Saturday, February 5, 2011

Music roundup: A powerful premiere at Lynn; evocative Ravel at PB Symphony

Composer Chiayu Hsu.

Lynn Philharmonia/Gunther Schuller‭ ‬(Jan.‭ ‬29,‭ ‬Wold Performing Arts Center,‭ ‬Boca Raton‭)

“I am Chiayu‭!”‬ the small woman wearing‭ ‬a‭ ‬red‭ ‬dress‭ ‬jacket‭ ‬almost shouted to the audience at the Wold Performing Arts Center as she took the stage at Lynn University in Boca Raton to introduce her new composition.

Chiayu Hsu,‭ ‬a Taiwan-born composer who earned her doctorate at Duke University,‭ ‬was the winner of the call for scores offered by the fifth New Music Festival at Lynn.‭ ‬Her short orchestral work,‭ ‬Shan Ko‭ (‬Mountain Song‭)‬,‭ ‬is the middle section of a trilogy that evokes the natural world of her native island off the coast of China.

The Lynn Philharmonia,‭ ‬under guest conductor Gunther Schuller,‭ ‬gave the first public performance of the work at the Jan.‭ ‬29‭ ‬concert,‭ ‬and it‭ ‬showed us a composer well-versed in the late Romantic tradition even if the language was considerably more modern.‭ ‬As a descriptive piece about a walk in the mountains,‭ ‬buttressed with a regional folksong to add color and building material,‭ ‬it had the kind of atmospheric writing you would expect.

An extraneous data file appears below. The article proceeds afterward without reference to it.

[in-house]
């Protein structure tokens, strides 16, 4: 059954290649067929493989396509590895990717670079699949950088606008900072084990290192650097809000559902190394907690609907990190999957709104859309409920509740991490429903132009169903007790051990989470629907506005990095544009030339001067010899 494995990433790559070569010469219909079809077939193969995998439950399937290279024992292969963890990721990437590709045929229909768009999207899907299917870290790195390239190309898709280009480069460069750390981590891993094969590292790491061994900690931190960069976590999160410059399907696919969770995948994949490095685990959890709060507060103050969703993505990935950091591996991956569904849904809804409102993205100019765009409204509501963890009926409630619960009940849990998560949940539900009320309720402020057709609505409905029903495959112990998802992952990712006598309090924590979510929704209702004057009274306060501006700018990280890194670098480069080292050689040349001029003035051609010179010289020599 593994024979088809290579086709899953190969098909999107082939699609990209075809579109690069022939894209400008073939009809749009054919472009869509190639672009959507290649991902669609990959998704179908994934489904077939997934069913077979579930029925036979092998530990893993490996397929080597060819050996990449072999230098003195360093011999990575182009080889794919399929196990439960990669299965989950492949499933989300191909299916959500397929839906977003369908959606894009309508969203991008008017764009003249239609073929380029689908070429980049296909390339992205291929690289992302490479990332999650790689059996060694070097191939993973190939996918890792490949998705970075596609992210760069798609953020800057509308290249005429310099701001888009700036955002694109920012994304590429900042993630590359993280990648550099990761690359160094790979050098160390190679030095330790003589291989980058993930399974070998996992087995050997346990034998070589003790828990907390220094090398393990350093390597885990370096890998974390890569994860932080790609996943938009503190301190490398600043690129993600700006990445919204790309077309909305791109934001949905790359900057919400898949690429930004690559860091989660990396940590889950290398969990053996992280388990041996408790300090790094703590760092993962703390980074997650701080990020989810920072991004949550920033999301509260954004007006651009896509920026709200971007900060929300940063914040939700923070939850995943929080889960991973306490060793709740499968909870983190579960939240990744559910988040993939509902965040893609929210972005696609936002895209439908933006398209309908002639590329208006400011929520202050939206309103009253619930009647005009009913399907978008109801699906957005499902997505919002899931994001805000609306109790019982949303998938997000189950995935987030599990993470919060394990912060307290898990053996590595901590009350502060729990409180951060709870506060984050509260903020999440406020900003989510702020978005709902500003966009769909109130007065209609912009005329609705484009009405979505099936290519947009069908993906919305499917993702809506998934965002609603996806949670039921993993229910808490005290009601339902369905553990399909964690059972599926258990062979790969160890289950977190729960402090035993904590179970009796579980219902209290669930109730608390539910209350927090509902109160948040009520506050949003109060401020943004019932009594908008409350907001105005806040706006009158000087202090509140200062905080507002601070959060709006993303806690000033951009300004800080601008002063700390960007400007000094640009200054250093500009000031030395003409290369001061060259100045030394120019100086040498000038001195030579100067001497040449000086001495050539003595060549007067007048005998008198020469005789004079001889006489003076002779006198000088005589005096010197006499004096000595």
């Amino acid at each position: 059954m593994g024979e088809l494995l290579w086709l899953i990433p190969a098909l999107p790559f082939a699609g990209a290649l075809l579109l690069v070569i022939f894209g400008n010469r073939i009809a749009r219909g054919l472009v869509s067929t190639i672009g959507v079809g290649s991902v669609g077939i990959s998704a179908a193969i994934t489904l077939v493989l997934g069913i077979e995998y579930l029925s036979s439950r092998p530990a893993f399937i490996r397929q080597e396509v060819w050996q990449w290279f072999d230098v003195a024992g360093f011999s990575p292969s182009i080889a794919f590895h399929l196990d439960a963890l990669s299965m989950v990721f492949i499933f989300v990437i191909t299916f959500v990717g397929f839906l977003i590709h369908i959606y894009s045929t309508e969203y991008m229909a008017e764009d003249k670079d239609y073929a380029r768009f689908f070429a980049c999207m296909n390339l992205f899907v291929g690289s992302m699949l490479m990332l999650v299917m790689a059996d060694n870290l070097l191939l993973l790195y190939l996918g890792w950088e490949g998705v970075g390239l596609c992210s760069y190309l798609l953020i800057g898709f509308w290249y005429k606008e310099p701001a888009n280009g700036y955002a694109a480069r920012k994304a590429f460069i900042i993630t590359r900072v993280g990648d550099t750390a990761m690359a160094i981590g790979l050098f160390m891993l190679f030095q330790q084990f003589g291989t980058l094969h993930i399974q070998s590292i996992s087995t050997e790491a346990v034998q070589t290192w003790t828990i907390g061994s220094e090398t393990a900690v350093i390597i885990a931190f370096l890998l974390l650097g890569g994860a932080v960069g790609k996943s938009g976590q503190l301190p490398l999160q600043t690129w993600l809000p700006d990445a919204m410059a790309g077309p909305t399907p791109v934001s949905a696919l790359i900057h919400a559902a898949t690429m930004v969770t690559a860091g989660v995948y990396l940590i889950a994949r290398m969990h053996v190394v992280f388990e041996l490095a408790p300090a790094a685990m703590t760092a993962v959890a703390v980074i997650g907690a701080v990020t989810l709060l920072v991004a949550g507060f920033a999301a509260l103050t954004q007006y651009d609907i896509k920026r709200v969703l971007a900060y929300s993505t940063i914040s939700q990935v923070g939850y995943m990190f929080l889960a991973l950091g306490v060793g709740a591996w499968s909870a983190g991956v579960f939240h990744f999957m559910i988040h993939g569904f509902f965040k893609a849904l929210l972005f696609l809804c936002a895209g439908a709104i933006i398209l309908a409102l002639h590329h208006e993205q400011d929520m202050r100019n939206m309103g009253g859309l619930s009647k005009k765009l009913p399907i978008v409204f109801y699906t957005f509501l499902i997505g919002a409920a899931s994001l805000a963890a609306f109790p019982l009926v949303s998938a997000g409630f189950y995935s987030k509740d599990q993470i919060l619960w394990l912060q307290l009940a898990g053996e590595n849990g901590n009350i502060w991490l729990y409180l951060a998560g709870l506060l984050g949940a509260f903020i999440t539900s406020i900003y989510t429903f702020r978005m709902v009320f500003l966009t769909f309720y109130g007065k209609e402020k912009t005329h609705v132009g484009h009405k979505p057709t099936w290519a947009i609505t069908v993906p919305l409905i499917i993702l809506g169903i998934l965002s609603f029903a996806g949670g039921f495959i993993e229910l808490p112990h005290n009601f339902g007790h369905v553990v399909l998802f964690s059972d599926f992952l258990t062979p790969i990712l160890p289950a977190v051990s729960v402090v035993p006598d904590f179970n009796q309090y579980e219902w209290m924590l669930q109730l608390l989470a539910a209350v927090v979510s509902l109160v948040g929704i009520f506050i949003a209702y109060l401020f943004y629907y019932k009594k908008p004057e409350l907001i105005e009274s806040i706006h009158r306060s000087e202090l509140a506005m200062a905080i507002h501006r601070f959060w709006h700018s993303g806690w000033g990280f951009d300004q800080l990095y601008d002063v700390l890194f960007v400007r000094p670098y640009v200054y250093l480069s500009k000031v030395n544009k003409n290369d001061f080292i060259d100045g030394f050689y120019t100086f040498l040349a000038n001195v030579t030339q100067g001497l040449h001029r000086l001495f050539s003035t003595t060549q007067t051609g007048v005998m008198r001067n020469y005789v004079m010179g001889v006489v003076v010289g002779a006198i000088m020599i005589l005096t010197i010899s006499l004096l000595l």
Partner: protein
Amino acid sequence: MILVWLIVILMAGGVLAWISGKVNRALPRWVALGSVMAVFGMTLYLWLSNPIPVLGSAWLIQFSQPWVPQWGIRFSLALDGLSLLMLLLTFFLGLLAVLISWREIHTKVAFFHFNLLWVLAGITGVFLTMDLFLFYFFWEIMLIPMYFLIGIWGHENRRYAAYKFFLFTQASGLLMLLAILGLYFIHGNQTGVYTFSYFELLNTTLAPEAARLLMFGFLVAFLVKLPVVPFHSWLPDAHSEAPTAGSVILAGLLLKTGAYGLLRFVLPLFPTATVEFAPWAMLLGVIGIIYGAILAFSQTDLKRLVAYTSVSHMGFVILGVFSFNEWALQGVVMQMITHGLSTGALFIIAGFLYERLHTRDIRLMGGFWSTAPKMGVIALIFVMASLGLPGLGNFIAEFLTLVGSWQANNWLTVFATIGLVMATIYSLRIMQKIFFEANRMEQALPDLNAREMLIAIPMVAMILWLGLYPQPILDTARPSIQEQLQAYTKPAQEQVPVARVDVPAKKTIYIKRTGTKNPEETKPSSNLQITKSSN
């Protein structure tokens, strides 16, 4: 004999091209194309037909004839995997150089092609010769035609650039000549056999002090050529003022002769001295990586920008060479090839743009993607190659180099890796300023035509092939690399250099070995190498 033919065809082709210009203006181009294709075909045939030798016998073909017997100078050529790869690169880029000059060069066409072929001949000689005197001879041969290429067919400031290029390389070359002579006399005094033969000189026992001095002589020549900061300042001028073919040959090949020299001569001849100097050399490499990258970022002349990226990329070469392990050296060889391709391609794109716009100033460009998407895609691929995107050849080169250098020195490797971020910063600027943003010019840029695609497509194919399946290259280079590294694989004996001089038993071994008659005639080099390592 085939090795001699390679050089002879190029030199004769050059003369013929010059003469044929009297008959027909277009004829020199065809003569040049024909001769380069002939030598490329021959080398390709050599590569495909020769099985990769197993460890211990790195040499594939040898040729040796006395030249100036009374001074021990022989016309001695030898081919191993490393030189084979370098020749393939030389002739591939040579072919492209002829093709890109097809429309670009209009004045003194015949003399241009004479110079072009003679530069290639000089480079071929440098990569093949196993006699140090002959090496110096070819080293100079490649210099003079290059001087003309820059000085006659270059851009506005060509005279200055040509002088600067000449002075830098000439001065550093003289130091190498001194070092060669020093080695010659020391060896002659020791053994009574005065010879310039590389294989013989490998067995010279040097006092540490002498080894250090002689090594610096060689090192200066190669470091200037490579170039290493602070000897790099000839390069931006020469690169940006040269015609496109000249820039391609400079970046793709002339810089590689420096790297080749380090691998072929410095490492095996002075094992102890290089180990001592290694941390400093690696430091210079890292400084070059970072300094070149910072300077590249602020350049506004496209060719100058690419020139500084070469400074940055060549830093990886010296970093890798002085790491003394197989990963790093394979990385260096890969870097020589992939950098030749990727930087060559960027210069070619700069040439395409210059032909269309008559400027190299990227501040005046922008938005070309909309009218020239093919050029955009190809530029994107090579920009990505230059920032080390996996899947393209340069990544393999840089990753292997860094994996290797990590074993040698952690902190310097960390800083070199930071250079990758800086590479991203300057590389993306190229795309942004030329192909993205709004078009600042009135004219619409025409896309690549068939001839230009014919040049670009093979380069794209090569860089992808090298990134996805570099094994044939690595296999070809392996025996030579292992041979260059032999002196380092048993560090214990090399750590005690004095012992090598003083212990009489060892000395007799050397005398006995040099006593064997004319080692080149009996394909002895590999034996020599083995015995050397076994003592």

It evoked Richard Strauss‭’‬ Ein Alpensinfonie and the Mahler Sixth Symphony,‭ ‬especially in the waves of glistening celesta in the middle,‭ ‬and in its general structure overall.‭ ‬It has clear,‭ ‬strong motifs that rise out of mysterious percussion in the beginning,‭ ‬and then break out in colorfully orchestrated sections amid very evocative sound-painting that makes wide and canny use of instrumental potentialities.‭ ‬Most of it is quite tonal,‭ ‬and its vivid scoring and muscular structure help it make a strong,‭ ‬almost epic impression.‭

It‭’‬s not particularly original,‭ ‬but it is well-crafted and effective,‭ ‬and it has an attractive bigness that is well-suited for its purpose as a piece of descriptive nature music.